W3C home > Mailing lists > Public > public-html@w3.org > February 2008

Re: Validation error frequencies

From: Henri Sivonen <hsivonen@iki.fi>
Date: Mon, 11 Feb 2008 20:03:13 +0200
To: Ben 'Cerbera' Millard <cerbera@projectcerbera.com>
Message-Id: <7E4D0D61-65B0-477A-8671-CF6A19BB4040@iki.fi>
Cc: HTMLWG <public-html@w3.org>

On Feb 6, 2008, at 15:44, Ben 'Cerbera' Millard wrote:

> HTML5 validators need not be blunt instruments to hit people round  
> the head
> with until they put every byte where we want it. HTML5 validators  
> can be
> friendly and helpful things to let people know when they do unreliable
> things and provide pointers to the reliable ways.

Right. I want HTML5 conformance to be formulated in such a way that it  
makes sense when Web authors are taken to be the primary users of  
validators. It's a bad idea to make products that don't work for their  
primary users.

> If a thing is reliable, the validator should not pester people about  
> it,
> imho. The authoring chapter/document of HTML5 can give advice about  
> which of
> the reliable things are best suited to specific situations.

I agree. To put things into perspective, the type attribute is just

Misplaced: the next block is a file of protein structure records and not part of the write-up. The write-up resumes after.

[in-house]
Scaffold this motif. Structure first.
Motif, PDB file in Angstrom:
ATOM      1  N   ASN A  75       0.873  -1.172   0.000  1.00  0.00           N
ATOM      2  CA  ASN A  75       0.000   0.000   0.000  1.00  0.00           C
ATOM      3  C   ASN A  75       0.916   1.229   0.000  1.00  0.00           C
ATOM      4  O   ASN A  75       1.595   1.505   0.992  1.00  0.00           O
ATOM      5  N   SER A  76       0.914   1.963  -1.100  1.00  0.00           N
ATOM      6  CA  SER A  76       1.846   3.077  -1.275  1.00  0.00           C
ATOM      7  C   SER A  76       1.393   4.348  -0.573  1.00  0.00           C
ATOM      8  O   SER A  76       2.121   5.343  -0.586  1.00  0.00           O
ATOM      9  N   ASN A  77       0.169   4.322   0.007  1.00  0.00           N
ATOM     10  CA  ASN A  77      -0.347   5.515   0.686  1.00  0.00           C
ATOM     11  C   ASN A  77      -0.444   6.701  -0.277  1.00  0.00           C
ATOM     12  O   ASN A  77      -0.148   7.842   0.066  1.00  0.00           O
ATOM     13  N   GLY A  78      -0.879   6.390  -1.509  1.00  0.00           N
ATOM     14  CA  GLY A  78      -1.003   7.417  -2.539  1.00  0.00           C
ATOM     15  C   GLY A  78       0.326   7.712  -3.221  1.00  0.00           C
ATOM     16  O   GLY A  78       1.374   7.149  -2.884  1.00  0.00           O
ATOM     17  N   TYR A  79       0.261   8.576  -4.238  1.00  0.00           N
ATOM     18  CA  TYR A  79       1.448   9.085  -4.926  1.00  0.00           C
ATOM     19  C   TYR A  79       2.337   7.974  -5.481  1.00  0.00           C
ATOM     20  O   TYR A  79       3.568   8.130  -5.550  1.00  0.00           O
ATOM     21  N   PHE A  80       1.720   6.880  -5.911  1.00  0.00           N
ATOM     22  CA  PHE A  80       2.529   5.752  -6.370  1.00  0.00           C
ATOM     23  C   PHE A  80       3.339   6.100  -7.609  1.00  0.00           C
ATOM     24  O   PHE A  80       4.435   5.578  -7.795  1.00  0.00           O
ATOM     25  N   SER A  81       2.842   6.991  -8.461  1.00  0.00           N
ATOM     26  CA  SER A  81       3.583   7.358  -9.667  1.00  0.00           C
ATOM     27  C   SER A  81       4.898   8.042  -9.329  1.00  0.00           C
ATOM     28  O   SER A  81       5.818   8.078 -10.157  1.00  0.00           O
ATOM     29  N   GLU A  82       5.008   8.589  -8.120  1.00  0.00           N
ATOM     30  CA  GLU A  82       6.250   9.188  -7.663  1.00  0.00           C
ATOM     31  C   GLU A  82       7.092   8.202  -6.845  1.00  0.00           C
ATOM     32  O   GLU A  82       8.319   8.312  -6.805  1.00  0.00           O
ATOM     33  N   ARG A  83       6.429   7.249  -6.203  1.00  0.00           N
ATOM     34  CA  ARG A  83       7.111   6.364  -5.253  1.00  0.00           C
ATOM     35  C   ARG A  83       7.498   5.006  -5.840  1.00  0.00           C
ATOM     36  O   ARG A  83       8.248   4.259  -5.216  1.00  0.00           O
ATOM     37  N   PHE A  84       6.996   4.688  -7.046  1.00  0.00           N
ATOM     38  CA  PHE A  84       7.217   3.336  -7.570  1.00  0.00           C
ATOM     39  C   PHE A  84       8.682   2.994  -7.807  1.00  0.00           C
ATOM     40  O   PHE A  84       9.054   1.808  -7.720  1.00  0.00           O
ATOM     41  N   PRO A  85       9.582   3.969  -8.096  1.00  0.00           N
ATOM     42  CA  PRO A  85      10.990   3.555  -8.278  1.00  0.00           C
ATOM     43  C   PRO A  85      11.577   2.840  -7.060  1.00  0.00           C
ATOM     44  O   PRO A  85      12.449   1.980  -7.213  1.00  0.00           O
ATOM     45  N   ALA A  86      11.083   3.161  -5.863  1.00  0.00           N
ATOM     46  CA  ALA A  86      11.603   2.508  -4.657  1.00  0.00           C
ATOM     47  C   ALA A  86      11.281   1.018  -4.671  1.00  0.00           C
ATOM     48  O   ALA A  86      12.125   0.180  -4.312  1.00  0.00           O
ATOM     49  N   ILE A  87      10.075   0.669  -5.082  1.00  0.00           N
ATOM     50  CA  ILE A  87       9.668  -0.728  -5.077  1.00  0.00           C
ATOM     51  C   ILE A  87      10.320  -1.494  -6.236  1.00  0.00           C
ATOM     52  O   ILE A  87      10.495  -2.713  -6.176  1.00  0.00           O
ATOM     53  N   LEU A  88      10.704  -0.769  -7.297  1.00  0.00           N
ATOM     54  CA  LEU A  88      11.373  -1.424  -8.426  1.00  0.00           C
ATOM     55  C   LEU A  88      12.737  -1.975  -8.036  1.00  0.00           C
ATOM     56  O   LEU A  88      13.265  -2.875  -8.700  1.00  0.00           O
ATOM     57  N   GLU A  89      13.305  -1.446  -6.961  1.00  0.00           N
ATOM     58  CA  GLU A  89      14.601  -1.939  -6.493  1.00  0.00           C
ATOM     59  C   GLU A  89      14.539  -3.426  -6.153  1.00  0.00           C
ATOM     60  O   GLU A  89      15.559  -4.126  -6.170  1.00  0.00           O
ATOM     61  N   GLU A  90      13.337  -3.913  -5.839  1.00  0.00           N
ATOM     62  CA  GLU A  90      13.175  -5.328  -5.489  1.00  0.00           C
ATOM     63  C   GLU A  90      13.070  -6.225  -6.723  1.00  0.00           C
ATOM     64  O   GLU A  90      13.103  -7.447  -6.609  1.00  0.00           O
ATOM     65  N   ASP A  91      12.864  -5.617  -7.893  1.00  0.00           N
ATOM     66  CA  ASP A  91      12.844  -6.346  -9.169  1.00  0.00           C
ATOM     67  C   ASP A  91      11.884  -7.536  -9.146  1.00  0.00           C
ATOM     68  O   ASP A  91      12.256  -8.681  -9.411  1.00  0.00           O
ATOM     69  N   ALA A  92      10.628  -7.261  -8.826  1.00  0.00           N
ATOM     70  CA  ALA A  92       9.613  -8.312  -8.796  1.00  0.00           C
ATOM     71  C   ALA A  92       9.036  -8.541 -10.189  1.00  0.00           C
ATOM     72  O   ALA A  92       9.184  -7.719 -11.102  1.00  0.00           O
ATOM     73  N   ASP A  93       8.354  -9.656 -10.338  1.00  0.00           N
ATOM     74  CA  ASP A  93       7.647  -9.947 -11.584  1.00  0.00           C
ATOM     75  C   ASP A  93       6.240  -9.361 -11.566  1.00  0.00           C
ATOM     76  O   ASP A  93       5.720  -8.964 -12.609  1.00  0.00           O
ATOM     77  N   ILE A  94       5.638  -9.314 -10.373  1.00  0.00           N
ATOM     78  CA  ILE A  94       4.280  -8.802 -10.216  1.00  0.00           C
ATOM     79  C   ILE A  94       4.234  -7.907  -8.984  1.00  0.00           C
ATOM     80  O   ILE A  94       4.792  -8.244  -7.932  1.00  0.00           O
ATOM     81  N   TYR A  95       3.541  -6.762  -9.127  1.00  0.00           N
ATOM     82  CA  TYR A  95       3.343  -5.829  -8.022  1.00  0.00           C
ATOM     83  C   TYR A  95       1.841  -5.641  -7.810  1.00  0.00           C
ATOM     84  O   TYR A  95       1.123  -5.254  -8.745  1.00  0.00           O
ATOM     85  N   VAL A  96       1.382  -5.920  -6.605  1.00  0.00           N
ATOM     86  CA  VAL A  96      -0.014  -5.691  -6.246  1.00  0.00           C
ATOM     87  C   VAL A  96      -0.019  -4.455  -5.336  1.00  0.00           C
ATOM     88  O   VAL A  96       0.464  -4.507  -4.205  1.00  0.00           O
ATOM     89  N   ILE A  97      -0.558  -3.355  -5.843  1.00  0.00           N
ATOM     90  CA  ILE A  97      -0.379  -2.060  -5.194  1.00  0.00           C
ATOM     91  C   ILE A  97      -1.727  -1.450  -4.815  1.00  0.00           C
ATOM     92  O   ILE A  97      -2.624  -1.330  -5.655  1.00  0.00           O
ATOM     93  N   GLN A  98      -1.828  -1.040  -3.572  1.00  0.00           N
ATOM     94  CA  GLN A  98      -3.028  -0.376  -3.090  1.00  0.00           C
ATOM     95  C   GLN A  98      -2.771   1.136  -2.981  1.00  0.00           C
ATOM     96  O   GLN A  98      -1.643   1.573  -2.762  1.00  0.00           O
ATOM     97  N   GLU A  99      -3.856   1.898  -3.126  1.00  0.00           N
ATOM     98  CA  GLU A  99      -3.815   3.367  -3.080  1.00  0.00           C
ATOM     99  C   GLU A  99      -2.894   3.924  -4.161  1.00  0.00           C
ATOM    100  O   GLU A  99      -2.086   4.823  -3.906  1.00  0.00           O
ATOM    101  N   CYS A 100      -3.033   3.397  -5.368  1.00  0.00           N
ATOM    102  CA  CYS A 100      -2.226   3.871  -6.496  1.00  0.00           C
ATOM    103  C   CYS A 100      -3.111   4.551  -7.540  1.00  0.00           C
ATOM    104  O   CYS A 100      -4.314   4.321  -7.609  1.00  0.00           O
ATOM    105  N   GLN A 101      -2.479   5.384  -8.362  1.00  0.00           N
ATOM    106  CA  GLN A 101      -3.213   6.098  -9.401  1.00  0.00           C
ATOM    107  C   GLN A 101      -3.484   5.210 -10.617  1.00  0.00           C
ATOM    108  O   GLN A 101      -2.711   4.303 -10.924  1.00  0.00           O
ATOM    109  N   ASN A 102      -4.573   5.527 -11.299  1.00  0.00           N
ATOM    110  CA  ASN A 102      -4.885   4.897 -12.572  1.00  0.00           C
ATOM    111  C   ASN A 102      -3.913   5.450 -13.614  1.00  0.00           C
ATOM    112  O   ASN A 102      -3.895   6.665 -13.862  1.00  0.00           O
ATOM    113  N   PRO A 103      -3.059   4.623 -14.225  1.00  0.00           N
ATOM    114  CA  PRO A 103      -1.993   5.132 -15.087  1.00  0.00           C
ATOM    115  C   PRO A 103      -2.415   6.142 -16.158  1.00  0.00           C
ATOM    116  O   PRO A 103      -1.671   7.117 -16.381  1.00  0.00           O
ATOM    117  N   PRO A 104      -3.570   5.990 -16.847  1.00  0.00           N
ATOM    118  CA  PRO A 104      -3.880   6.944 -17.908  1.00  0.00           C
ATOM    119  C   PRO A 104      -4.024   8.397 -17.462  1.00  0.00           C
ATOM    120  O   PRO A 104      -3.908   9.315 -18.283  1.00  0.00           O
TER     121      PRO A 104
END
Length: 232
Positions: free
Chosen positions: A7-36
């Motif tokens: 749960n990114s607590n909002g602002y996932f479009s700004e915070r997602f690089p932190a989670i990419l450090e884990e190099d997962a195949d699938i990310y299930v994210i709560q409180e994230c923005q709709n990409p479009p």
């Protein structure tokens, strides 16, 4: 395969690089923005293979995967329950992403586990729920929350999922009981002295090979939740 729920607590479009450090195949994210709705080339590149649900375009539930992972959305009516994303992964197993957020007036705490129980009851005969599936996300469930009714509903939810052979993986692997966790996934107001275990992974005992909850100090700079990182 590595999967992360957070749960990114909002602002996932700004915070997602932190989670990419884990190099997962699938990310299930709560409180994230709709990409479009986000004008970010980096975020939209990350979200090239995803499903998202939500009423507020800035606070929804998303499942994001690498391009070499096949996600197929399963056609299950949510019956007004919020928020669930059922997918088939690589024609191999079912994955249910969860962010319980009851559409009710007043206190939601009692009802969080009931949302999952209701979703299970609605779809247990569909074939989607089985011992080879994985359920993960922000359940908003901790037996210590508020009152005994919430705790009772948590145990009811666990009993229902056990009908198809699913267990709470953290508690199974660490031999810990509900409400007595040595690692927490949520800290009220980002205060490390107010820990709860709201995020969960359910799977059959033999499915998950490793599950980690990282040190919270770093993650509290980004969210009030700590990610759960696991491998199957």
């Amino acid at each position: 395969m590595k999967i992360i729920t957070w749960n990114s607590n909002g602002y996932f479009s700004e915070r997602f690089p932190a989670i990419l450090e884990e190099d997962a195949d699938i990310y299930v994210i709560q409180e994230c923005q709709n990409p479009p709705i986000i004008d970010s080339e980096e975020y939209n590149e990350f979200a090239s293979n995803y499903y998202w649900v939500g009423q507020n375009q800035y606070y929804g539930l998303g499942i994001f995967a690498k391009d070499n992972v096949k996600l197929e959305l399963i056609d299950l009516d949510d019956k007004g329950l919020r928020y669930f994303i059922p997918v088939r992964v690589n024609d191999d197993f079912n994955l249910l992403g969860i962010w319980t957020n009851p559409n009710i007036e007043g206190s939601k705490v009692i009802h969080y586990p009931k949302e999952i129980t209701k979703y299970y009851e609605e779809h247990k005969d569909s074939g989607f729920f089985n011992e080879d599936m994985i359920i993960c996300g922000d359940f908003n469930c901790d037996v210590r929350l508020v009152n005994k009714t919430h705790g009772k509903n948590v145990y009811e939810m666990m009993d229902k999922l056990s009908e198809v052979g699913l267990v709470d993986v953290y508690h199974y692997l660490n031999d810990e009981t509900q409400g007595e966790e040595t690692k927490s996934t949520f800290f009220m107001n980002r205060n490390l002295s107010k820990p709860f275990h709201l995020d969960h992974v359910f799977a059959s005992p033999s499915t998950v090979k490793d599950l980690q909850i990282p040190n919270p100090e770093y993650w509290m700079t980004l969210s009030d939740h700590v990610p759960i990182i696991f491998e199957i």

cruft in <style type='text/css'> and in <script type='text/ 
javascript'>. Yet, the draft allows both. <script  
language='JavaScript'> is no more crufty than those cases, but it is  

And unlike type='text/javascript' or type='text/css', border='0'  
actually does something useful (albeit not in the most efficient way  

> HTML4 Strict makes absent many presentational features, such as <img  
> border>
> and <font face>, in favour of style sheets. I guess the presence of
> cellspacing and cellpadding are bugs.

Back when HTML 4.0 proceeded to REC, CSS2 was not a REC, yet. CSS1  
didn't cover tables, so presentational attributes on tables were  
needed in practice and, thus, they stayed in HTML 4.

Now, a decade later, the CSS alternative for cellspacing still doesn't  
work in the browser with the most market share, so telling authors to  
just use CSS still isn't practical.

Considering what needs to be in or out of HTML5 in the light of HTML  
4.01 Strict misses two things:
  1) HTML 4.01 Strict didn't deprecate presentational attribute  
categorically (so it isn't precedent for categorical deprecating/ 
obsoleting presentational stuff): keeping <table cellspacing> but not  
<img border> doesn't mean that they are fundamentally different--just  
that their substitutability with CSS was different in 1997.
  2) the status quo from which authors will be moving to HTML5 is  
Transitional--not Strict.

Henri Sivonen
Received on Monday, 11 February 2008 18:03:29 UTC

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